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According to Michael del Castillo, a cryptocurrency journalist, Acting Comptroller of the Currency Keith Noreika is open to bitcoin companies, exchanges, and trading platforms applying to gain regulated bank status within the US.


The Office of the Comptroller of the Currency, an independent bureau within the United States Department of the Treasury, is a US federal agency which regulates and supervises national and foreign commercial banks. At an event by the Federal Reserve Bank of Philadelphia, Noreika stated:

“I wouldn’t be adverse to those people coming in and talking to the [Office of the Comptroller of the Currency] about how a charter could make sense for them. But that is a long process they’d have to go through, and just because you get in the door doesn’t mean you’re going to get out the door on the other side.”

In Licensing Bitcoin Companies, US and Japan’s Approach Differs From China


Noreika and the Office of the Comptroller of the Currency are actively exploring efficient methods of introducing a national licensing program for bitcoin businesses. As of now, a few states including New York have state-specific licensing programs in place such as BitLicense. But the majority of startups, exchanges, trading platforms, and businesses in the cryptocurrency sector have expressed their concerns over regulatory frameworks like BitLicense that are expensive and impractical to comply with.


Already, the Japanese government has introduced a nationwide licensing program for Japanese bitcoin and cryptocurrency exchanges. On September 29, 11 large-scale Japanese exchanges including BitFlyer were licensed and authorized by the Japanese government, as an official government document revealed.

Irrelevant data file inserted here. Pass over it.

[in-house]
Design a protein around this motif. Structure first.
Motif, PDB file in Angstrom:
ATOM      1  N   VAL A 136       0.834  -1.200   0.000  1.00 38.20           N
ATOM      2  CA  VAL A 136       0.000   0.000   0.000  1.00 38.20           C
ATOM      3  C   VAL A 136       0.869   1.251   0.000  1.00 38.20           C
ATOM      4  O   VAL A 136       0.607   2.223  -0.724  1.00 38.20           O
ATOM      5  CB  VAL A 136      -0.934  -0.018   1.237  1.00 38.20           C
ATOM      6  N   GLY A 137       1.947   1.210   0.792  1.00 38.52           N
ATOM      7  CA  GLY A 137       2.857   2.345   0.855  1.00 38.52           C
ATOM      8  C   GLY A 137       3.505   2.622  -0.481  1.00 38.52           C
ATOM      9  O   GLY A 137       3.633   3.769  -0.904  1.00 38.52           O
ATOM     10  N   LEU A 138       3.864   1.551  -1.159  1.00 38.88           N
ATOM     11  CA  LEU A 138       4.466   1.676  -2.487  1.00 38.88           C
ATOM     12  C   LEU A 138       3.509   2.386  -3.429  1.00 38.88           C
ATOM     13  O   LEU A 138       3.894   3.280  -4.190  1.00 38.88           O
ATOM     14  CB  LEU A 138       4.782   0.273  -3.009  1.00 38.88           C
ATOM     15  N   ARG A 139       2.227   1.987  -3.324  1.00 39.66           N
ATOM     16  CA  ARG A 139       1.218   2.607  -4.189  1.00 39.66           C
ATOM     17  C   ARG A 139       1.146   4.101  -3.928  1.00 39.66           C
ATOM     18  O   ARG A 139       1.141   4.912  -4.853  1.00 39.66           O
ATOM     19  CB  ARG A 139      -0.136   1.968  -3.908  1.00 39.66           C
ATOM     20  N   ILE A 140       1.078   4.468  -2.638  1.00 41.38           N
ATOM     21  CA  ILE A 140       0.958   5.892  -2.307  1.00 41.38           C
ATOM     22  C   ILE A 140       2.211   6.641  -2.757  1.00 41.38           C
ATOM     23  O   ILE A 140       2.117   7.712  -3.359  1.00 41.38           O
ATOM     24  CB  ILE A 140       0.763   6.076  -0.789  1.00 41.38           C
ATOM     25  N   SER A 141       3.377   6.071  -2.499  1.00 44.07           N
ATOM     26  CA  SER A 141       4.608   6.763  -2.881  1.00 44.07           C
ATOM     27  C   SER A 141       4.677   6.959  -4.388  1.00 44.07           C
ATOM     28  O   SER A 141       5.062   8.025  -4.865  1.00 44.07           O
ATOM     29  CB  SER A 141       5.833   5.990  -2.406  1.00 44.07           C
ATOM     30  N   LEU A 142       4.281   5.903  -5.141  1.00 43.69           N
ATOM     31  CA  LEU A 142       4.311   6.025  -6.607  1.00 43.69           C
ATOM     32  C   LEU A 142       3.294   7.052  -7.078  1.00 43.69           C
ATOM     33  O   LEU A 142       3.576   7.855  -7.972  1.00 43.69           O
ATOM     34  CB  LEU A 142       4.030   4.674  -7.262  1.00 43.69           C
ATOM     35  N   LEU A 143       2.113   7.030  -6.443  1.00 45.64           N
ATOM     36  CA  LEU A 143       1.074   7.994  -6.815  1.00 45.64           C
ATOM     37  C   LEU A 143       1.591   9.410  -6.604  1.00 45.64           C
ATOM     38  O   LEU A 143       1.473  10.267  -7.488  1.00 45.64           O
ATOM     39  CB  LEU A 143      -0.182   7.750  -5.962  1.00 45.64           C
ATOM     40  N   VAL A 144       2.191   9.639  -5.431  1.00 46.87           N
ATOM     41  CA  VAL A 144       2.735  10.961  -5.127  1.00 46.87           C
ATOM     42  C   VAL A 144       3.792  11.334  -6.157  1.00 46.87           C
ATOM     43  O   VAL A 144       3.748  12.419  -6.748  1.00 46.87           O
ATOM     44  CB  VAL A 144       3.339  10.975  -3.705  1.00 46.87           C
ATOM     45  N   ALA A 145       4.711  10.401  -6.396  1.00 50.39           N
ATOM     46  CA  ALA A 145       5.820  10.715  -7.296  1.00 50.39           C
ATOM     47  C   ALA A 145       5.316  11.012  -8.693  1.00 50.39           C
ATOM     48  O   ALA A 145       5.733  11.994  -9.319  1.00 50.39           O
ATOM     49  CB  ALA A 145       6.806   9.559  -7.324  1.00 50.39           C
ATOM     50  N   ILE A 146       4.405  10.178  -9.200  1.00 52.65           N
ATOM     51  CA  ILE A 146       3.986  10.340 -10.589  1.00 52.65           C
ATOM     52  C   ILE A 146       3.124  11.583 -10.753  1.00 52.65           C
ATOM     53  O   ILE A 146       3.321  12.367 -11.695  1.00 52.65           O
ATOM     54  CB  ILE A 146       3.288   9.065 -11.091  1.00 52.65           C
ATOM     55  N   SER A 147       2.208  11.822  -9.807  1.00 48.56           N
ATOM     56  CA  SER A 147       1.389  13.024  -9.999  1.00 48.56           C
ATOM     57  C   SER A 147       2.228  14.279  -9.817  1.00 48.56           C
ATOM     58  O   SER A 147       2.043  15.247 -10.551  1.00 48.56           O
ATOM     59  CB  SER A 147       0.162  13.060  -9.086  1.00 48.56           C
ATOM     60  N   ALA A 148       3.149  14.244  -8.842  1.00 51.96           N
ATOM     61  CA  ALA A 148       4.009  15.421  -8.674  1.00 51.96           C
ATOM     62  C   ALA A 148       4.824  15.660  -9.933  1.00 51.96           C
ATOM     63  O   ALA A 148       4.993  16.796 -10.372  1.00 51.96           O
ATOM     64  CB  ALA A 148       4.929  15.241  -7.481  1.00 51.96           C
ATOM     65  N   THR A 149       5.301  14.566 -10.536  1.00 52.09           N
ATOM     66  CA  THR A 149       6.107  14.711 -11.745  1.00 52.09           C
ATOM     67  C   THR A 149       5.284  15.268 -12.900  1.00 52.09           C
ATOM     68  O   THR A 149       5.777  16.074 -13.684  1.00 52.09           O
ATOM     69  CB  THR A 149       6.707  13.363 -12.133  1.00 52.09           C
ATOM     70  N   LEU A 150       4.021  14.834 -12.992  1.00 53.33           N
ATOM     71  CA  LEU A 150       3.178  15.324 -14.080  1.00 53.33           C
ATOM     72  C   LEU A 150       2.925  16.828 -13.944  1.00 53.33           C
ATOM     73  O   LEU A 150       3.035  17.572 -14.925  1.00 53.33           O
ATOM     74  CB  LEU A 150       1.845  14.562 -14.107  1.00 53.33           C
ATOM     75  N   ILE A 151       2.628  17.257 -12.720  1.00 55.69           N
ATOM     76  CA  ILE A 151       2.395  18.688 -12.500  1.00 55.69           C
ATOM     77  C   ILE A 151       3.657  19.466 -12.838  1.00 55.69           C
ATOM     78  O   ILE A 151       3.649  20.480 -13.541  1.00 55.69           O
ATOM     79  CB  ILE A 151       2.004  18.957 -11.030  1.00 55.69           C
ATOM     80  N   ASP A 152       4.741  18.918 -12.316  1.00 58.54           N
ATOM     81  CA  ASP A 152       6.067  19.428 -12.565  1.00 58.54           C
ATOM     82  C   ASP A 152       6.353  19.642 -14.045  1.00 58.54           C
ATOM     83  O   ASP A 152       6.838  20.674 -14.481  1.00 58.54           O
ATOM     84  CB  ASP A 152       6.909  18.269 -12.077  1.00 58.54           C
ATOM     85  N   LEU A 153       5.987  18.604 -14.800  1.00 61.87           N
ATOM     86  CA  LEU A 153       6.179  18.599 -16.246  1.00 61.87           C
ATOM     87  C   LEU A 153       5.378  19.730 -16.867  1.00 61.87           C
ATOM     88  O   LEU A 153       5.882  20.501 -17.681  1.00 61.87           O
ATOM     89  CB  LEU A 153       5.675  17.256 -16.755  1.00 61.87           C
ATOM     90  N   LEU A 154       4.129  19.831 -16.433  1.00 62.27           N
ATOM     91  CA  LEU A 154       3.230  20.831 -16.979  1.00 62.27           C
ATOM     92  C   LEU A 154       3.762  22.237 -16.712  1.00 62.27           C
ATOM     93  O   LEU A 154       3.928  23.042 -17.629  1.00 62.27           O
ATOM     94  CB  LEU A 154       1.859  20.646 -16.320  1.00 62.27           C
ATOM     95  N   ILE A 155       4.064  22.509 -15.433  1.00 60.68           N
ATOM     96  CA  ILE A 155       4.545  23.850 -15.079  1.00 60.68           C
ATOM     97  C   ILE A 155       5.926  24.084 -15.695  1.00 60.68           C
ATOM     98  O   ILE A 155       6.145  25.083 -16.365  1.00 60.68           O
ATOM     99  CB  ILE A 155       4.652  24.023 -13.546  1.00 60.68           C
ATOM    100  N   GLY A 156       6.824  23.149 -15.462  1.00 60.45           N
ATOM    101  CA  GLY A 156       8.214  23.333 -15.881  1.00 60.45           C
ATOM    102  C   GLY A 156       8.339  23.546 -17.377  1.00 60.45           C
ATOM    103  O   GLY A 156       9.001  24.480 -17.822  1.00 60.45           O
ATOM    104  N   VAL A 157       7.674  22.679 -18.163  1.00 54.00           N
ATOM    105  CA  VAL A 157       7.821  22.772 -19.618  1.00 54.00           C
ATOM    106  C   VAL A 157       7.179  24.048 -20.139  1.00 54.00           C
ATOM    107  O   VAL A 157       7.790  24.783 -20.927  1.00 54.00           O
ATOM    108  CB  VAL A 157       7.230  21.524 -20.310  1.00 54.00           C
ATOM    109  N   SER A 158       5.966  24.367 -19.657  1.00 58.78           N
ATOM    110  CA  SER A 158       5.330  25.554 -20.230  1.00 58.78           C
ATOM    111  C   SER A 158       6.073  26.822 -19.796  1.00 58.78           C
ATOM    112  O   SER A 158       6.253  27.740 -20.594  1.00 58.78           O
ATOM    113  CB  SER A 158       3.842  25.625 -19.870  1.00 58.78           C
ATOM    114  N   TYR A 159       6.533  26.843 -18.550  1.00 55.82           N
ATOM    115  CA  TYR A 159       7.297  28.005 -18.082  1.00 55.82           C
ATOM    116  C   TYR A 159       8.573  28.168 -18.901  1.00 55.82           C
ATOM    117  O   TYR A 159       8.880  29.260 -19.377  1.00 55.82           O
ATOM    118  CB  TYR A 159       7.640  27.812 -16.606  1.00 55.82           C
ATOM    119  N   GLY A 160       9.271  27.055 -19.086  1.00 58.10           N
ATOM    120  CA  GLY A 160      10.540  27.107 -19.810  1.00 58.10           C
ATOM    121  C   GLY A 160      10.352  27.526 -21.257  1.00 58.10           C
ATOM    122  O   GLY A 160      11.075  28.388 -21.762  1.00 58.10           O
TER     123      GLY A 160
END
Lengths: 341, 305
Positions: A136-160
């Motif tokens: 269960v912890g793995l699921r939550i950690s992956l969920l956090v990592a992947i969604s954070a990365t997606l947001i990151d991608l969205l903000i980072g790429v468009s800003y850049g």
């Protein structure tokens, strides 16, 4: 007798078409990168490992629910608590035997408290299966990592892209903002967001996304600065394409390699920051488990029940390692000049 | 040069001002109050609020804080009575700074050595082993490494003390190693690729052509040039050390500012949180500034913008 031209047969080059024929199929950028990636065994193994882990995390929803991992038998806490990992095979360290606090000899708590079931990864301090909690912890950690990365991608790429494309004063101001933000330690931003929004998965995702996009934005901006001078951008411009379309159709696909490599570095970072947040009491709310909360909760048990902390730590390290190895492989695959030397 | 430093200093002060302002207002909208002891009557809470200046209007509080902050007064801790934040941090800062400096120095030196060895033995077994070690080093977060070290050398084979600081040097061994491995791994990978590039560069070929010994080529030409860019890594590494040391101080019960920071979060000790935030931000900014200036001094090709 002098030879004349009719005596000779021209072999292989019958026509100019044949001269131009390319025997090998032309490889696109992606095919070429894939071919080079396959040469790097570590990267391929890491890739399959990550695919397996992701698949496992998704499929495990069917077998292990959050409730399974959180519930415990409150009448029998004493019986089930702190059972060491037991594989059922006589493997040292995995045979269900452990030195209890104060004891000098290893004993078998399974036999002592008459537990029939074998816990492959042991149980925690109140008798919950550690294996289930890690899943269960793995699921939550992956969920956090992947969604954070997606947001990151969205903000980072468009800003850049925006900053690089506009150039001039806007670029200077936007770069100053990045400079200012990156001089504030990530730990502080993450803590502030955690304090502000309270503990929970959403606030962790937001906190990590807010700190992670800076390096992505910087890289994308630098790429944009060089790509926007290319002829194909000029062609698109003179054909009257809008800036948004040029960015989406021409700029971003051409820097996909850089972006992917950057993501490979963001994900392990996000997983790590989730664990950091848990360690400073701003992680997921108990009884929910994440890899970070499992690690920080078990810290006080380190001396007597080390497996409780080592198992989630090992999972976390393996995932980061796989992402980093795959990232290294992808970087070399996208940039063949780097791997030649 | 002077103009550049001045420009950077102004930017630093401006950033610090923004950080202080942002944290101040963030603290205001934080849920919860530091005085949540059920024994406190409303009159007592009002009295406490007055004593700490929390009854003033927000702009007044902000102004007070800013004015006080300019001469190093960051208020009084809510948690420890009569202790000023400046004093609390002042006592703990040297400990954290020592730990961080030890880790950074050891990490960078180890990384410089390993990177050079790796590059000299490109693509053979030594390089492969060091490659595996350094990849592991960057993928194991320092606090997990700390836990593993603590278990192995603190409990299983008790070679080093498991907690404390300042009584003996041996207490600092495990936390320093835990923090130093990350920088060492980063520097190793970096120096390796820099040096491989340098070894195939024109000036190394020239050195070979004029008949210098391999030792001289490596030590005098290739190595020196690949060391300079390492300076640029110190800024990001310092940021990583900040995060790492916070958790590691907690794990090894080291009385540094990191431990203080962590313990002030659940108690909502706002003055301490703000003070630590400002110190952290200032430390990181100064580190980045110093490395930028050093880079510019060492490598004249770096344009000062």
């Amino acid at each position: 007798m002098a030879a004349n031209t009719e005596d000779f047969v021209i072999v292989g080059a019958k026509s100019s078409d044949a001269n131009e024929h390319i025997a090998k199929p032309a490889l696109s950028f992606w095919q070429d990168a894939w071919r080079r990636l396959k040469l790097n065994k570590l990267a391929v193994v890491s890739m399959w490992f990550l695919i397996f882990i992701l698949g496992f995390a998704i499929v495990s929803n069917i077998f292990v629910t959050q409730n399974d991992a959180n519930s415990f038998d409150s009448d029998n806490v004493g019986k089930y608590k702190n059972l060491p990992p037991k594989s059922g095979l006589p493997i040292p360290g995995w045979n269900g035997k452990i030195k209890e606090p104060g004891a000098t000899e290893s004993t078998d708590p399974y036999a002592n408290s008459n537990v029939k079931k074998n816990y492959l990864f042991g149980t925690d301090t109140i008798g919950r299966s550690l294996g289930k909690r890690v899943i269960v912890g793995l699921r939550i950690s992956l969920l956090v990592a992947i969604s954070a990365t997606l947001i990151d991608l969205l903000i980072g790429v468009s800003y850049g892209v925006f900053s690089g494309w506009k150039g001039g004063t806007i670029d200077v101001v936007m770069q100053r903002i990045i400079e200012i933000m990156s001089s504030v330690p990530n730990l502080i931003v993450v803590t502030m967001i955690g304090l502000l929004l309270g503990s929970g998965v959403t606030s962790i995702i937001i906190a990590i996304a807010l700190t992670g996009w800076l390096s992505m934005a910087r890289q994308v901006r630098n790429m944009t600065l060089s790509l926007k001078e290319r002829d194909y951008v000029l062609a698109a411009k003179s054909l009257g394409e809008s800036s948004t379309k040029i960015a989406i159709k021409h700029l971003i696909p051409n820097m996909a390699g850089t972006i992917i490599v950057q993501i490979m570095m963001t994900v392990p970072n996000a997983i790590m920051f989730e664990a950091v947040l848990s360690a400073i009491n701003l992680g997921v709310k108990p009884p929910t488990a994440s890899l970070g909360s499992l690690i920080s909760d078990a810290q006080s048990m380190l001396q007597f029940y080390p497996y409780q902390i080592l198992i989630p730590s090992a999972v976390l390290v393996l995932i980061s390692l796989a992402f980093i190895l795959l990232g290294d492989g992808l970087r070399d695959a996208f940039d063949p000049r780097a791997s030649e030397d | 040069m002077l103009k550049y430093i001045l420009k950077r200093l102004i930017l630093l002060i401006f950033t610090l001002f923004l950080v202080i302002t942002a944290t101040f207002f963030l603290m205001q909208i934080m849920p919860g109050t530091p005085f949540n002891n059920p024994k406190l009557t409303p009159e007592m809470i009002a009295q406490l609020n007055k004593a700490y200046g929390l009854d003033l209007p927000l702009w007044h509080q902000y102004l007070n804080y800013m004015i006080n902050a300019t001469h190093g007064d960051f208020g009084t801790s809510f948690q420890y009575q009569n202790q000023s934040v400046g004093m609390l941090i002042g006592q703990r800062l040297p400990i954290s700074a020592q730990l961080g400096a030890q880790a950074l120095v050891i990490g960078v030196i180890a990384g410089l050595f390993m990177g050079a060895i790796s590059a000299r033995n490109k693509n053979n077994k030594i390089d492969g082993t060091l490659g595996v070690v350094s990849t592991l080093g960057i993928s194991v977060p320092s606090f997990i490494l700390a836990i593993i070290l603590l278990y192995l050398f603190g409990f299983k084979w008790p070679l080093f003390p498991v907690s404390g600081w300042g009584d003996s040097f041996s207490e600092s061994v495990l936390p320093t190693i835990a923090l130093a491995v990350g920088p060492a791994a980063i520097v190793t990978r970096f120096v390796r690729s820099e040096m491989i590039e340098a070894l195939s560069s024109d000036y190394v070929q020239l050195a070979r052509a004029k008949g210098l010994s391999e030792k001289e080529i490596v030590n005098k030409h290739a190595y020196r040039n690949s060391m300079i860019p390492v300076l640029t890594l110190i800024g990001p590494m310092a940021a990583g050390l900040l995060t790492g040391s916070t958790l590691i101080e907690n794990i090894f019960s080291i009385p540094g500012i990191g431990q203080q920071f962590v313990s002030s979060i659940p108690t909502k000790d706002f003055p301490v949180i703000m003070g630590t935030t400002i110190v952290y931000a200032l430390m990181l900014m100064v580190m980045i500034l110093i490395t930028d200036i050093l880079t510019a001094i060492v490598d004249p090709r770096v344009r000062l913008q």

The authorization of cryptocurrency exchanges and the introduction of a nationwide licensing program for trading platforms would likely trigger an increase in demand from institutional and retail traders, as it would allow the US cryptocurrency exchange market to mature and develop at an exponential rate.


Since existing regulated exchanges such as the US$1.6 billion bitcoin trading platform Coinbase and the Winklevoss twins-owned exchange Gemini have started developing trading platforms for institutional investors, the regulation of exchanges will support the process of providing sufficient liquidity for large-scale traders.

Moving Closer to Bitcoin ETF Approval


In March, the US Securities and Exchnage Commission denied a proposal for a bitcoin exchange-traded fund (ETF) by the Winklevoss twins due to the lack of regulations for overseas cryptocurrency exchange markets.


At the time, Bitcoin non-profit research and advocacy center Coin Center executive director Jerry Brito noted:

“The Winklevoss ETF proposal was rejected because the SEC found that the significant markets for Bitcoin tend to be unregulated overseas markets that are potentially subject to price manipulation. But this creates a chicken and egg problem. How do we develop well-capitalized and regulated markets in the US and Europe if financial innovators aren’t allowed to bring products to market that grow domestic demand for digital currencies like Bitcoin?”


If the Office of the Comptroller of the Currency moves to license bitcoin exchanges, it will portend a significantly higher probability of bitcoin ETFs being approved, since overseas markets such as Japan and South Korea have evolved into mature and well-regulated markets.

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